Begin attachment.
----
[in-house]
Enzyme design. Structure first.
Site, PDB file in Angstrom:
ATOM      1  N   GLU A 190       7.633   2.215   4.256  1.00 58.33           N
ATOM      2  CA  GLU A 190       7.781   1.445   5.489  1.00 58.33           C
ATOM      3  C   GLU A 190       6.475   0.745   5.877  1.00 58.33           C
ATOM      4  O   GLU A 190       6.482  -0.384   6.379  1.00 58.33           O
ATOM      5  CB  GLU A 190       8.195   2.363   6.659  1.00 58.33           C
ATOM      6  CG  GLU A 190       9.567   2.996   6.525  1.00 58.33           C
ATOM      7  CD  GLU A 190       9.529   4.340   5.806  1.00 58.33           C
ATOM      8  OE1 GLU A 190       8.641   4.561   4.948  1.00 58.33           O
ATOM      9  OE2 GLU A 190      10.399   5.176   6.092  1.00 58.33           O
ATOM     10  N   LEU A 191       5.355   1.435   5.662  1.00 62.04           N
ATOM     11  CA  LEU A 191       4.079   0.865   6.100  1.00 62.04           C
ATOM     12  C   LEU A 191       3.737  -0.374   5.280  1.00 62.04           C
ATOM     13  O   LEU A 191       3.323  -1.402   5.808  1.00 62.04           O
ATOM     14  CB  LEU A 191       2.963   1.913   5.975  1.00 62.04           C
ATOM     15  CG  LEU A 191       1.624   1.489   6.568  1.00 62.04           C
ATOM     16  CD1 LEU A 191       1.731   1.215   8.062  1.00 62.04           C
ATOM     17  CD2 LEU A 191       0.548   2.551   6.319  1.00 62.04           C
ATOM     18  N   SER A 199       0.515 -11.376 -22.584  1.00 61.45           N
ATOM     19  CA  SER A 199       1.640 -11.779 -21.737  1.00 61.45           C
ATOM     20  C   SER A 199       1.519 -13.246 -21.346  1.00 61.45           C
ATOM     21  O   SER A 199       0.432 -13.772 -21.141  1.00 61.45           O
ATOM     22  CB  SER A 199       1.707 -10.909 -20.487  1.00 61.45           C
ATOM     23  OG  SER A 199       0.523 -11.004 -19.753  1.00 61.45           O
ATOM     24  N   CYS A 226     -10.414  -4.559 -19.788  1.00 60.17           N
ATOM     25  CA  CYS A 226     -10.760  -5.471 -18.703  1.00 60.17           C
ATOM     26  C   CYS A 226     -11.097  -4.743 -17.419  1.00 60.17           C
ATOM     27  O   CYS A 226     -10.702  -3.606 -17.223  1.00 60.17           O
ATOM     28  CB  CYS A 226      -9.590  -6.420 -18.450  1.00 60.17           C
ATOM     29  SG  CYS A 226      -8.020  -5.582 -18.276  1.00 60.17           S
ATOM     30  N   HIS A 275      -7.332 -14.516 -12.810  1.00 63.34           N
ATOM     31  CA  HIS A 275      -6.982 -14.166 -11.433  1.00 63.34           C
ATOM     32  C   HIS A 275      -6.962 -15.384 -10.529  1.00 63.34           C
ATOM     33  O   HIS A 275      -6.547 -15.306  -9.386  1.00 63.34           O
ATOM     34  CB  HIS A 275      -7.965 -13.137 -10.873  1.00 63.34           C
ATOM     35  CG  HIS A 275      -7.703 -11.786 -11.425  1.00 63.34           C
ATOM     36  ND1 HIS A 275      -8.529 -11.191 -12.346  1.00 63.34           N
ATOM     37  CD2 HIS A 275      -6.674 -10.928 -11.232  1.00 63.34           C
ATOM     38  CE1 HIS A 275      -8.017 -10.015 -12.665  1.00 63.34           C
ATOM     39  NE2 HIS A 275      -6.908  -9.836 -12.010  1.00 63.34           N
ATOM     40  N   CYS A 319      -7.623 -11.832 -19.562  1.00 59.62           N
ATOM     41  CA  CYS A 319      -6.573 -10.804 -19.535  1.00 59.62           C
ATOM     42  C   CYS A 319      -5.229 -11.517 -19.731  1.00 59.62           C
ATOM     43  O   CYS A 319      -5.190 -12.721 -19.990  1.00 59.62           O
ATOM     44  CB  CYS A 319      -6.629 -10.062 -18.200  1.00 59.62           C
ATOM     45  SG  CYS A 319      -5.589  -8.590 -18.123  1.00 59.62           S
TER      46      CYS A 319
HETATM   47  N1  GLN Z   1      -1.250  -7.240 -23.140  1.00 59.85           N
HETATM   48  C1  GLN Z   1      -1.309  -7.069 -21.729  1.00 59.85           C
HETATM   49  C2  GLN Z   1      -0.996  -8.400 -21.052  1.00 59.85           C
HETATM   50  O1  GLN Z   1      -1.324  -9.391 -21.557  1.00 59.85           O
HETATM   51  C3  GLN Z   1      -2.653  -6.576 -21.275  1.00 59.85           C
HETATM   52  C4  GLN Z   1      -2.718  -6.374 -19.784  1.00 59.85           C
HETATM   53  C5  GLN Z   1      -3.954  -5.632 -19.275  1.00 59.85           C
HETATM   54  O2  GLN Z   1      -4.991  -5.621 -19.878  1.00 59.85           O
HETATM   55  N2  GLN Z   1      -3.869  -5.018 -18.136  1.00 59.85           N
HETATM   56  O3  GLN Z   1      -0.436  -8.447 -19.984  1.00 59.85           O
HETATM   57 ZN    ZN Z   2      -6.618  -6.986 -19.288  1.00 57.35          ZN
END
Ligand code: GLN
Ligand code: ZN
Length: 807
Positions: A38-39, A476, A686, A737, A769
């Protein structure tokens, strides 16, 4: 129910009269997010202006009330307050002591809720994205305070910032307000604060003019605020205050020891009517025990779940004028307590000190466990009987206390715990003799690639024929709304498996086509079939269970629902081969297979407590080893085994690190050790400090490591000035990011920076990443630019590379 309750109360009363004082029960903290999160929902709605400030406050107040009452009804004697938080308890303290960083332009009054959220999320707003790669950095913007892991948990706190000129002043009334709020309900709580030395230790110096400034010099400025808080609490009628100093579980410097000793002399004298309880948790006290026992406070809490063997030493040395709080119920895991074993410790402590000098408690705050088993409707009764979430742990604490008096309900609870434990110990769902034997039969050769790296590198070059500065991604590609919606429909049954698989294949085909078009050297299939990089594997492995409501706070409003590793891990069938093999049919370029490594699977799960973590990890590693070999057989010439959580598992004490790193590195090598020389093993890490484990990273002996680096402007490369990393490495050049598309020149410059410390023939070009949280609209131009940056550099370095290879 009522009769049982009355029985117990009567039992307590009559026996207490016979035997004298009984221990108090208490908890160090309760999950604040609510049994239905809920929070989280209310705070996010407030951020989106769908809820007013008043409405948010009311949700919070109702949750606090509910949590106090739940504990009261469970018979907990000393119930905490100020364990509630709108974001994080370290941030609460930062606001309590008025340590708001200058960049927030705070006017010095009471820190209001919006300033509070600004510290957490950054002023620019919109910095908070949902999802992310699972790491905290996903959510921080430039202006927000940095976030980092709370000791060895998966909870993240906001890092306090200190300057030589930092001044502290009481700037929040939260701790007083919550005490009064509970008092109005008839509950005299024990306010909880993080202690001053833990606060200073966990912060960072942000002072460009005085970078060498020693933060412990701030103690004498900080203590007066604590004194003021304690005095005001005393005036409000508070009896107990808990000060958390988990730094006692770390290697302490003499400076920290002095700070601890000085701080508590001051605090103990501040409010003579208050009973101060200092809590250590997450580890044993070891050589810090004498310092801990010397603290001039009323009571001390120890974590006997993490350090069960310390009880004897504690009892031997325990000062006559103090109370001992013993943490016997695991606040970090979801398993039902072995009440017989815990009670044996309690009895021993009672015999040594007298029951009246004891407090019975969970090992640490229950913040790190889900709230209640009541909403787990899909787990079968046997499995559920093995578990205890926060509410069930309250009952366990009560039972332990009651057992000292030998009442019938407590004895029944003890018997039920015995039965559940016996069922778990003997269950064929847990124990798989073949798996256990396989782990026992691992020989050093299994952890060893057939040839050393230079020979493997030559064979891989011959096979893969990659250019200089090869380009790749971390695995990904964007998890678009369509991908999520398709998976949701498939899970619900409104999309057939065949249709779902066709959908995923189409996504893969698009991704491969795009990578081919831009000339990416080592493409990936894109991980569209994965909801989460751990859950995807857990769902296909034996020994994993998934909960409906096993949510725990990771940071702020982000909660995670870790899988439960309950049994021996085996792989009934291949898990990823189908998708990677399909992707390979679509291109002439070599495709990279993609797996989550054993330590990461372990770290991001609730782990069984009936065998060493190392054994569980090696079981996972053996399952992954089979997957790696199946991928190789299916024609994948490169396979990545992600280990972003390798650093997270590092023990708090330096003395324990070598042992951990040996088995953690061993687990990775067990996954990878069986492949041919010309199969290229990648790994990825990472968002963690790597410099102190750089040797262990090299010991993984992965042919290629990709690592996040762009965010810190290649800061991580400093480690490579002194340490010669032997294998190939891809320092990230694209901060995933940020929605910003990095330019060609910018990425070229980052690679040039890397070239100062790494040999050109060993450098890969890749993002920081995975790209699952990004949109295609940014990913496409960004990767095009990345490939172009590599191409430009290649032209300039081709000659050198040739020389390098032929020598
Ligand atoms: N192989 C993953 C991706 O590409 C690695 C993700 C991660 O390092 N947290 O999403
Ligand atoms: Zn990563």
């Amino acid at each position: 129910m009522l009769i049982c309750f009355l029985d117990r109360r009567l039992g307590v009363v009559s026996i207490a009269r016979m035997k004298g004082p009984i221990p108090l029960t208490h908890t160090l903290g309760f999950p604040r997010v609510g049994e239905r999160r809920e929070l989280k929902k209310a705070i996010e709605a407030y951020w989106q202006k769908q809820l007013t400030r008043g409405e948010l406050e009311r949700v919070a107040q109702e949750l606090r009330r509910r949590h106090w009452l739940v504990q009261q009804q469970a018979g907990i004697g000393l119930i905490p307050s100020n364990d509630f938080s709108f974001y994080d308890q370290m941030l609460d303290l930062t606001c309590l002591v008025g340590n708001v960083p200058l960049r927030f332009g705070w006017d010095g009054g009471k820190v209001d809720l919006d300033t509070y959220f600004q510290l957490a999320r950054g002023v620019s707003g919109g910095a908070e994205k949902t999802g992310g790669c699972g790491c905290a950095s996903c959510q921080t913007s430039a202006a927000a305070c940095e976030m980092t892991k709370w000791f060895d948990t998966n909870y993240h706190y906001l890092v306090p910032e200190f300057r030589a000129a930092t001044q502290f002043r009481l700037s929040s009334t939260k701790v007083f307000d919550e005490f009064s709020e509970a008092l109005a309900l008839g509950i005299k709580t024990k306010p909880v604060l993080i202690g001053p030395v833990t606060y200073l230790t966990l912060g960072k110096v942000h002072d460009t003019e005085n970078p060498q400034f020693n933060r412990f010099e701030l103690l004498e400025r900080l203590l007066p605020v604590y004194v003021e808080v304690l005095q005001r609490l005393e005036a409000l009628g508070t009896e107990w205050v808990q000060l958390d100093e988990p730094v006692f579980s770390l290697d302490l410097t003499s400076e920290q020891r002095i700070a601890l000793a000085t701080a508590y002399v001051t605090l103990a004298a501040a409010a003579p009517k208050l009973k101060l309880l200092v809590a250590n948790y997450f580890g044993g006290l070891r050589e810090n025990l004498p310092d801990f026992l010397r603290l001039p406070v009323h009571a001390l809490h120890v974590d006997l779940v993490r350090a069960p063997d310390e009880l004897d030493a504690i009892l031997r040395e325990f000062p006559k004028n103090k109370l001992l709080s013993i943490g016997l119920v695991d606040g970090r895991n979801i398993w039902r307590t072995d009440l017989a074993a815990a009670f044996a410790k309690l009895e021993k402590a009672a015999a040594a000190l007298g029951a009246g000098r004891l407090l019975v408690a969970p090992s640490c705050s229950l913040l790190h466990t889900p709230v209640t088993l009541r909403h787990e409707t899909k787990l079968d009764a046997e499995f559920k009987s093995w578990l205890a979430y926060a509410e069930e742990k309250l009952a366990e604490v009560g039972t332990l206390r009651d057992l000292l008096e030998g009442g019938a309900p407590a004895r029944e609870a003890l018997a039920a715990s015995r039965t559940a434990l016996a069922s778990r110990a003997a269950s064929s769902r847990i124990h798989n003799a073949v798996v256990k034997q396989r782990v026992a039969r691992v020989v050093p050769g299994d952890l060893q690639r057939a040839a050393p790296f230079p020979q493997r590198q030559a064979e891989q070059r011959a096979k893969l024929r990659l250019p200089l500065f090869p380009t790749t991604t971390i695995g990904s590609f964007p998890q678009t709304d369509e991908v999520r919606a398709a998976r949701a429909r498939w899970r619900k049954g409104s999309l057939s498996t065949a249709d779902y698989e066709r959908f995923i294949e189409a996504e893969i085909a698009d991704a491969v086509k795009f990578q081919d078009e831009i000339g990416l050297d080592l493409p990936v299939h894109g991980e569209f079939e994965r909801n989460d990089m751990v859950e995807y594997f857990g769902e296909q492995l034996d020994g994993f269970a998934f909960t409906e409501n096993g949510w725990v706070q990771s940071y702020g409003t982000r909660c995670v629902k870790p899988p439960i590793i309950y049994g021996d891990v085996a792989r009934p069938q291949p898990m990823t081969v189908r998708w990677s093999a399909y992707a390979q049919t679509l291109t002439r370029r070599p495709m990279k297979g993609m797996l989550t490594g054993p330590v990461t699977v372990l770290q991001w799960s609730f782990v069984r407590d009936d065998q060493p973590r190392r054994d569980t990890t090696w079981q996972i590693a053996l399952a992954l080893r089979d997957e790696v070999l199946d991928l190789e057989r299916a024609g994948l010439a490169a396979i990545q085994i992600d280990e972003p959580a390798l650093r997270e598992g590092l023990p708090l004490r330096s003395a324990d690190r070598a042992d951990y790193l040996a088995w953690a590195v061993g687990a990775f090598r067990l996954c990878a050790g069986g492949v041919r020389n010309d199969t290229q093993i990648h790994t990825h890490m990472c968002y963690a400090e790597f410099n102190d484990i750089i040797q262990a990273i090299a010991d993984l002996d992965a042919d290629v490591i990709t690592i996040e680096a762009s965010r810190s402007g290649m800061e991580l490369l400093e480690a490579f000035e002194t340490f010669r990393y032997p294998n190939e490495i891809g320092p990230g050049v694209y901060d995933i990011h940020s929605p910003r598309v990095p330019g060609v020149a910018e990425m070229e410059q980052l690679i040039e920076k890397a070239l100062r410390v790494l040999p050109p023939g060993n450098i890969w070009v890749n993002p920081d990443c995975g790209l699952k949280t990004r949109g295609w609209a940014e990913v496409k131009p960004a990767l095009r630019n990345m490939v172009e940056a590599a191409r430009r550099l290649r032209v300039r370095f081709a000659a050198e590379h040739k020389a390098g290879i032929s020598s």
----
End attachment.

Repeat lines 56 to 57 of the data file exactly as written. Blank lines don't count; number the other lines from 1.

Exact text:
HETATM   53  C5  GLN Z   1      -3.954  -5.632 -19.275  1.00 59.85           C
HETATM   54  O2  GLN Z   1      -4.991  -5.621 -19.878  1.00 59.85           O